In several of her books, the famous novelist, Anne Lamott, has written often about her struggles with doubt.
“I have a lot of faith,” she wrote in Plan B: Further Thoughts on Faith. “But I am also afraid a lot and have no real certainty about anything.”
She remembered, however, something a beloved priest told her, “that the opposite of faith is not doubt but certainty. Certainty is missing the point entirely. Faith includes noticing the mess, the emptiness and discomfort, and letting it be there until some light returns.”
I would bet that everyone who is searching for God, no matter the “amount” of faith, has had doubt, whether they’re willing to acknowledge it or not. Just as I imagine most agnostics and atheists have doubts about their positions.
Need Not Fight Doubt
In my opinion, we need not fight doubt. We have doubt because God made us rational beings who test everything. The apostle Peter doubted. That’s why he denied Jesus. The disciples on the road to Emmaus doubted.
After Jesus’ resurrection, according to Luke’s gospel, two disciples were walking to a village called Emmaus, when they were joined by a stranger. “What were you discussing,” the stranger asks. They didn’t recognize the risen Jesus, and answered by telling him about Jesus’ trial, crucifixion and resurrection, adding “we had hoped that he was the one who was going to redeem Israel.”
The best known doubter of the Christian Bible is the apostle Thomas, who said he wouldn’t believe in Jesus’ resurrection until he had proof, and he’s called Saint Thomas.
Mother Theresa is said to have written, “It’s not faith God wants but faithfulness.” In other words, to love God and others despite our doubt and because of our faith and desire to be faithful.
Though we crave certainty, doubt is part of our everyday lives. It is part of the human condition, and for good reason. We may doubt whether our pharmacist has accurately filled out prescription; whether a relative or friend really loves us; whether our government or employer or church really have our best interests at heart.
Doubt is Nothing New
And contrary to what we may think, doubt about God or the church is nothing new. Jesus complained about his generation wanting “a sign,” like we yearn for one about whether God is really here, whether God cares anything about our world or us.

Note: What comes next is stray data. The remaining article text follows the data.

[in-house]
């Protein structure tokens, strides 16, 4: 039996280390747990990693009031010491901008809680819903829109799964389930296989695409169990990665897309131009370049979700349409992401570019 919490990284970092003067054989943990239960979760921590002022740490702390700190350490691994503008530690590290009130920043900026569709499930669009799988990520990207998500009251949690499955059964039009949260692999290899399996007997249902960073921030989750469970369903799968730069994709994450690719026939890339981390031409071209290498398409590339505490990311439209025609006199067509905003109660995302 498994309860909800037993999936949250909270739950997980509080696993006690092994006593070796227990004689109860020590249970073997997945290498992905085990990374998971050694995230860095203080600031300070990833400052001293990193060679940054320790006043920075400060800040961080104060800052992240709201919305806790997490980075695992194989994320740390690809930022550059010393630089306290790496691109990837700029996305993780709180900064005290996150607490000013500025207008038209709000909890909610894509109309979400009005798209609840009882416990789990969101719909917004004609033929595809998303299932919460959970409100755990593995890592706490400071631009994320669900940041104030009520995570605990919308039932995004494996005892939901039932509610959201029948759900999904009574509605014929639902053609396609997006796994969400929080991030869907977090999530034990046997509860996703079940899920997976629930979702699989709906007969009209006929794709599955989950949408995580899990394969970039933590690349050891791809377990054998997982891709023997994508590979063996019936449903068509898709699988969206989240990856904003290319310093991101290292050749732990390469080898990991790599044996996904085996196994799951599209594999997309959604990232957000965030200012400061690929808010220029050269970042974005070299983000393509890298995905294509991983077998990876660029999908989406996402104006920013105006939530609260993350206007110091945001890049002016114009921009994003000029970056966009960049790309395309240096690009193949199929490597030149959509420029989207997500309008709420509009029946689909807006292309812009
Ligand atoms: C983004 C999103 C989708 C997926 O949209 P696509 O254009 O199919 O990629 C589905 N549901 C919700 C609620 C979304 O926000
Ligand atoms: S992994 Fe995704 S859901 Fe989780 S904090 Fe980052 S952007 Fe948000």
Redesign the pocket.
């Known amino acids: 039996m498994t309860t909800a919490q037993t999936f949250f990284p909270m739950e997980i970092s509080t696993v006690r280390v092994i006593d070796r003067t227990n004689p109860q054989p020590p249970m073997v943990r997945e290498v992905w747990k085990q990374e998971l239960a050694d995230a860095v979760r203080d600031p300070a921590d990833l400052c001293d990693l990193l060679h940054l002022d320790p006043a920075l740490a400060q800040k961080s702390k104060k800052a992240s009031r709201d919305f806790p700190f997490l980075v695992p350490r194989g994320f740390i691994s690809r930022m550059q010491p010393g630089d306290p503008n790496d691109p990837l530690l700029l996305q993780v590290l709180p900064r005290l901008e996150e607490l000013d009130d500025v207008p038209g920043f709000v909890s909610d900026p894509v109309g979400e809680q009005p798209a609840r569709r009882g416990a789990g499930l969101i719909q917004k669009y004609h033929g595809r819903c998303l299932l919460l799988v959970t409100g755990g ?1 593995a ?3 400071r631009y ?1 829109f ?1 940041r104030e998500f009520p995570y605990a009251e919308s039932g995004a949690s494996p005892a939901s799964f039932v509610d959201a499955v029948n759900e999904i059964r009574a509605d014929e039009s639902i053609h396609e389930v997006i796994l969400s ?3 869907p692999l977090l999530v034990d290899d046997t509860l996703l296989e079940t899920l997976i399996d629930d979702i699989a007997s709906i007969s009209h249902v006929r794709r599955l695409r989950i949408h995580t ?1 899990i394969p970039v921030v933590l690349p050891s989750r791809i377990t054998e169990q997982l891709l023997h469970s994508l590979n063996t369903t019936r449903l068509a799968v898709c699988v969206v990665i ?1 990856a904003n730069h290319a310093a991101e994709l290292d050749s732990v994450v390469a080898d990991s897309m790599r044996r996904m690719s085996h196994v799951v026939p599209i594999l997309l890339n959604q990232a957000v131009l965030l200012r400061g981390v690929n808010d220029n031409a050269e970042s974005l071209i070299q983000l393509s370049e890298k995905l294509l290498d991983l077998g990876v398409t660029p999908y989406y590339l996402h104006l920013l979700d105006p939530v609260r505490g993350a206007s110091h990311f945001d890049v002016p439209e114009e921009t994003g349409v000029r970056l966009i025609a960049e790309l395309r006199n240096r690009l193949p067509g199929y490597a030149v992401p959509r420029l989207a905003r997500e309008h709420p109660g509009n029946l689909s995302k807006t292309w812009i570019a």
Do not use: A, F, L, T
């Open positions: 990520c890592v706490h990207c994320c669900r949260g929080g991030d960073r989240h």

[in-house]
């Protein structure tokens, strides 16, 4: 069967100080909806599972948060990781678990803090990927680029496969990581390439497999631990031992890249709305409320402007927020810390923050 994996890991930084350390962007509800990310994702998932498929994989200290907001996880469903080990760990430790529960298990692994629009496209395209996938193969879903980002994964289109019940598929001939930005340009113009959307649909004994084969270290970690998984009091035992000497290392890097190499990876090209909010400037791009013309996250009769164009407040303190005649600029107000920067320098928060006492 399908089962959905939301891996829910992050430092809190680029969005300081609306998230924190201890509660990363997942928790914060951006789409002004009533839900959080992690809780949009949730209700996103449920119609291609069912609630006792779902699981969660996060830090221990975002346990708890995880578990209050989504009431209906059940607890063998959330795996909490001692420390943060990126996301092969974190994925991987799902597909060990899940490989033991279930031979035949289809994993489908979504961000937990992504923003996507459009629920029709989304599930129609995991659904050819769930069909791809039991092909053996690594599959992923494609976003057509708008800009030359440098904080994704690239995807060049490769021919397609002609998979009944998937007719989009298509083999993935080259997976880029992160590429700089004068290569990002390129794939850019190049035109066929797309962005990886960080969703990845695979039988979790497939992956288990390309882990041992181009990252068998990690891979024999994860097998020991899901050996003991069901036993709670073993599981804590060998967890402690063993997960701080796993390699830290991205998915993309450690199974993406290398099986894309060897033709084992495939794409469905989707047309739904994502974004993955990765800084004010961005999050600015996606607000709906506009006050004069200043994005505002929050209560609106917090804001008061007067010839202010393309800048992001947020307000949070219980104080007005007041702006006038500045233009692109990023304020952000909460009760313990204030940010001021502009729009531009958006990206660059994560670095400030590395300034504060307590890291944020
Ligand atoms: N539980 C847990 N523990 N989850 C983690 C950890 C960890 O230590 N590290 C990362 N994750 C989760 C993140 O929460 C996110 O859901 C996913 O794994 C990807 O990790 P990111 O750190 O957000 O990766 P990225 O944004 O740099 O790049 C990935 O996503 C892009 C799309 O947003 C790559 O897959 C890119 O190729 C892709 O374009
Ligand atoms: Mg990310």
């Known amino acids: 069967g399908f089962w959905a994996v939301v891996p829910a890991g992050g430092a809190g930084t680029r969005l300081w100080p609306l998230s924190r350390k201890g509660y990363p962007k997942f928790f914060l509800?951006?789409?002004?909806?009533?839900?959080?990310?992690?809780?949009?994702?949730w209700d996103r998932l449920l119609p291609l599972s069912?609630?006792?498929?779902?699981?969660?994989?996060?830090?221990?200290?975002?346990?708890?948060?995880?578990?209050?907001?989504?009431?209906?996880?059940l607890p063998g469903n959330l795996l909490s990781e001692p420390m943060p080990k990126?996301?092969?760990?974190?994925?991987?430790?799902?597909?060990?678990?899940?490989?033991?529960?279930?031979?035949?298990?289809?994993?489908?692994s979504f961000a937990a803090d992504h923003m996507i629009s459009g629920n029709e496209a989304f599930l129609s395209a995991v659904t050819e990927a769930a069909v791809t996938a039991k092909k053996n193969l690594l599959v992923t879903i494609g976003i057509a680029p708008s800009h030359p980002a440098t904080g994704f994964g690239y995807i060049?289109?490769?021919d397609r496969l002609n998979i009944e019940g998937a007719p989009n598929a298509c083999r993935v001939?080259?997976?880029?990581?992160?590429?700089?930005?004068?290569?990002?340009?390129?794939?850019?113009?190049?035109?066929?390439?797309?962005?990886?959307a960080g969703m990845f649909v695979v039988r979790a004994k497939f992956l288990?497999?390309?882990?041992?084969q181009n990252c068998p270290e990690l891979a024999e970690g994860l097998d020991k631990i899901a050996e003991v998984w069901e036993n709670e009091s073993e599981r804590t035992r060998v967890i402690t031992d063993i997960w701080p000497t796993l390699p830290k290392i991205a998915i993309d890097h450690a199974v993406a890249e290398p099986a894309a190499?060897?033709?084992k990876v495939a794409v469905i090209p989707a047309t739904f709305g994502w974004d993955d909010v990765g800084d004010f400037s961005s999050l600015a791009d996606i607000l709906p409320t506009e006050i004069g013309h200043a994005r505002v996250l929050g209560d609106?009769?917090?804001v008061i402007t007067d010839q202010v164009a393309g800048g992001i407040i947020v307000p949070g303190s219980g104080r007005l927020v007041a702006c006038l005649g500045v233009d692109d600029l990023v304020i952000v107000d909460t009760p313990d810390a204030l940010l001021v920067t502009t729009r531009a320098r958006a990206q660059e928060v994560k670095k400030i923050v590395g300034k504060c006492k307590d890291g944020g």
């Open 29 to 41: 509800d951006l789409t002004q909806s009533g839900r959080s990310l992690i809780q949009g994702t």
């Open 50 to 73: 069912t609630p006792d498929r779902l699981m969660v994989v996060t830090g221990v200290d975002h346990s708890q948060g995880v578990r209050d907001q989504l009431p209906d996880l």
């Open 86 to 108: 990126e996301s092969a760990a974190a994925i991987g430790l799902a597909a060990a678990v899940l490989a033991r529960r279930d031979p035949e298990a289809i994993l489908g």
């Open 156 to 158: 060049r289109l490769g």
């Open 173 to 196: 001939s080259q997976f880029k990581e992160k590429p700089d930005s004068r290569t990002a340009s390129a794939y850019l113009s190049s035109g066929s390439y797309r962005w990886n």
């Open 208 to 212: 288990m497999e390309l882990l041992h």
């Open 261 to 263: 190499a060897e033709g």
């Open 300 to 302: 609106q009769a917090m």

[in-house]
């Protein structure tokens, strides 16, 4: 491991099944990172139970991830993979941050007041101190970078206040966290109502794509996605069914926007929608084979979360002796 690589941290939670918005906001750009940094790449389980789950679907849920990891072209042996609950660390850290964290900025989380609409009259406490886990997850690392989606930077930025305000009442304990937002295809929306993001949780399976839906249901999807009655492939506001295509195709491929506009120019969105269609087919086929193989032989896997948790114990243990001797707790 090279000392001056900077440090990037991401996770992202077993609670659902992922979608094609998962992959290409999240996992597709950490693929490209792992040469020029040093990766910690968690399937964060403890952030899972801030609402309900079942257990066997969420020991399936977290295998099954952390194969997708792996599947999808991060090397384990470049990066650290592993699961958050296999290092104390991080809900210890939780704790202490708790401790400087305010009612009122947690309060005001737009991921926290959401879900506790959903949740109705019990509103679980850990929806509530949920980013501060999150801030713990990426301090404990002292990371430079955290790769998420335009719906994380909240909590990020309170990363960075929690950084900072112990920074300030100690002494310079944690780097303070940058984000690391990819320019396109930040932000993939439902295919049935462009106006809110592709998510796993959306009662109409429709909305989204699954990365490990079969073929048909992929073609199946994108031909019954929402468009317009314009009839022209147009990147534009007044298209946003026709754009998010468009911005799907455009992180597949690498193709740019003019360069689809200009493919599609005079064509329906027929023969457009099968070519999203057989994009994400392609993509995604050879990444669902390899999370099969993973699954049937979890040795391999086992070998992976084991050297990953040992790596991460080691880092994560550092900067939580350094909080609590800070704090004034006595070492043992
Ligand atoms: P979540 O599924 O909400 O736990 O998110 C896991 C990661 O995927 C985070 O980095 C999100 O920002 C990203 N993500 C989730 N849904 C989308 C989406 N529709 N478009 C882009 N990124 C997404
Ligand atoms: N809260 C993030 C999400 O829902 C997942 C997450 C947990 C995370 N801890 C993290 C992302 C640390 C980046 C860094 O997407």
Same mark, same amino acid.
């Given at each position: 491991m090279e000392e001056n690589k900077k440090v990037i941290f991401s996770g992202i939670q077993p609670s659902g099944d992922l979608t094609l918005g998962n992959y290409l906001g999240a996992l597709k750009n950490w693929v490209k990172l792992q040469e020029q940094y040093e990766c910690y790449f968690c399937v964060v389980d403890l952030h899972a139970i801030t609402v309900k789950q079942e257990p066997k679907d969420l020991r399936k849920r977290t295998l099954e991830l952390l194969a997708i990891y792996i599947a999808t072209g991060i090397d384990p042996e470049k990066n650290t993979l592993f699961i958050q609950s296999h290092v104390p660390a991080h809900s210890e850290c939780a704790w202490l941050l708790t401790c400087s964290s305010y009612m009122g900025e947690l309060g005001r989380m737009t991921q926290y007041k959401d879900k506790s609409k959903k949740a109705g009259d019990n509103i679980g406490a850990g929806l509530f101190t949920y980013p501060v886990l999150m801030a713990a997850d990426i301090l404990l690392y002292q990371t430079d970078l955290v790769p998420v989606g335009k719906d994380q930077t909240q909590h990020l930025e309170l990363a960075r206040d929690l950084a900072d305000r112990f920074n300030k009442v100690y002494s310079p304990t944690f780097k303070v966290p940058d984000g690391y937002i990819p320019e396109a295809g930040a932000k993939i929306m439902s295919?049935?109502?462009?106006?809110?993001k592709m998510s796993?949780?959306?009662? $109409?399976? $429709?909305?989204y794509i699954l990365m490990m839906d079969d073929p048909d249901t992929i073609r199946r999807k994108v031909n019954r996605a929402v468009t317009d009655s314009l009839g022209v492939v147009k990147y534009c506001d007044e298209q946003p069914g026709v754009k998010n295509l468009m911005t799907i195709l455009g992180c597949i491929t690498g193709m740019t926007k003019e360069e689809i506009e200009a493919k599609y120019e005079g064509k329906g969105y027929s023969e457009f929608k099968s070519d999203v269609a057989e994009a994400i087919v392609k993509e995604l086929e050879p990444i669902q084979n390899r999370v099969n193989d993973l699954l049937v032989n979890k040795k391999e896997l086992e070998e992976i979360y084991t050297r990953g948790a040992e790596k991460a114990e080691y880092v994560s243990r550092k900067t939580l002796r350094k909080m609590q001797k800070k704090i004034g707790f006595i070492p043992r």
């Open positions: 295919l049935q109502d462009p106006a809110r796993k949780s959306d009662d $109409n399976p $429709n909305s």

We may doubt God’s existence but nonetheless blame God for what we often do to ourselves – starting wars, hurting each other, and ignoring God’s calls for love and forgiveness. And we complain about how God designed the world. “If God exists, why doesn’t he simply reveal himself and be done with it?”
So, what does it mean to believe?
It doesn’t mean having certainty, that’s for sure. As with belief in anything, it exists alongside doubt. That’s why it’s called faith. But it is rational because there are good reasons for believing – like the millions of witnesses throughout history who have believed and the thousands who gave their lives for their faith, the historicity of the New Testament, the apparent “wiring” of humans for faith, and the beauty and order in the universe.
Can’t Think Your Way to God
But in my opinion, you can’t think your way to God. It requires intellectual assent, but much more. “…If I have all faith so as to move mountains but do not have love, I am nothing,” writes Paul in his first letter to the Christians at Corinth.
Tomas Halik, the Czech philosopher and theologian, wrote a great book called Patience with God, which I’ve often quoted. I especially like this brief description of Halik’s idea of faith by Ben Myers on the web site Faith and Theology.
“His argument is that the real difference between faith and atheism is patience. Faith …is a patient endurance of the ambiguity of the world and the experience of God’s absence.”
One of the prayers I’ve made my own is that of the father of a sick boy in the Gospel of Mark. The father asks Jesus for a cure. Before granting his request, Jesus replies, “All things are possible to him who believes.” The father answers, “I believe; help my unbelief.”